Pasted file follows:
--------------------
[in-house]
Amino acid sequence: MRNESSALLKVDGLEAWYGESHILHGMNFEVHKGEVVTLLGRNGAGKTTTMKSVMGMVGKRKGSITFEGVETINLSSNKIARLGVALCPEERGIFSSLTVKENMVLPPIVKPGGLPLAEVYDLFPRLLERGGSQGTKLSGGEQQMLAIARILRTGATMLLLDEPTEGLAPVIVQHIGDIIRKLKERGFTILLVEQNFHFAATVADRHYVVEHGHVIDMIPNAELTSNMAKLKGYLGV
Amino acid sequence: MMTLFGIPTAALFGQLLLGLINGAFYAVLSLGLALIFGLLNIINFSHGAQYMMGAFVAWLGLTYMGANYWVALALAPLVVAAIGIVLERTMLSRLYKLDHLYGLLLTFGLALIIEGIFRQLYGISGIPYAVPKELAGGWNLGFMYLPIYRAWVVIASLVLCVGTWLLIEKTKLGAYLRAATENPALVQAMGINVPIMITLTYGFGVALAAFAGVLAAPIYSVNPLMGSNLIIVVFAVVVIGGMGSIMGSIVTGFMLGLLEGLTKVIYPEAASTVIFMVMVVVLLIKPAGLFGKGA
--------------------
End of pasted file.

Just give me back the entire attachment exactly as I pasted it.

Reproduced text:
[in-house]
Amino acid sequence: MRNESSALLKVDGLEAWYGESHILHGMNFEVHKGEVVTLLGRNGAGKTTTMKSVMGMVGKRKGSITFEGVETINLSSNKIARLGVALCPEERGIFSSLTVKENMVLPPIVKPGGLPLAEVYDLFPRLLERGGSQGTKLSGGEQQMLAIARILRTGATMLLLDEPTEGLAPVIVQHIGDIIRKLKERGFTILLVEQNFHFAATVADRHYVVEHGHVIDMIPNAELTSNMAKLKGYLGV
Amino acid sequence: MMTLFGIPTAALFGQLLLGLINGAFYAVLSLGLALIFGLLNIINFSHGAQYMMGAFVAWLGLTYMGANYWVALALAPLVVAAIGIVLERTMLSRLYKLDHLYGLLLTFGLALIIEGIFRQLYGISGIPYAVPKELAGGWNLGFMYLPIYRAWVVIASLVLCVGTWLLIEKTKLGAYLRAATENPALVQAMGINVPIMITLTYGFGVALAAFAGVLAAPIYSVNPLMGSNLIIVVFAVVVIGGMGSIMGSIVTGFMLGLLEGLTKVIYPEAASTVIFMVMVVVLLIKPAGLFGKGA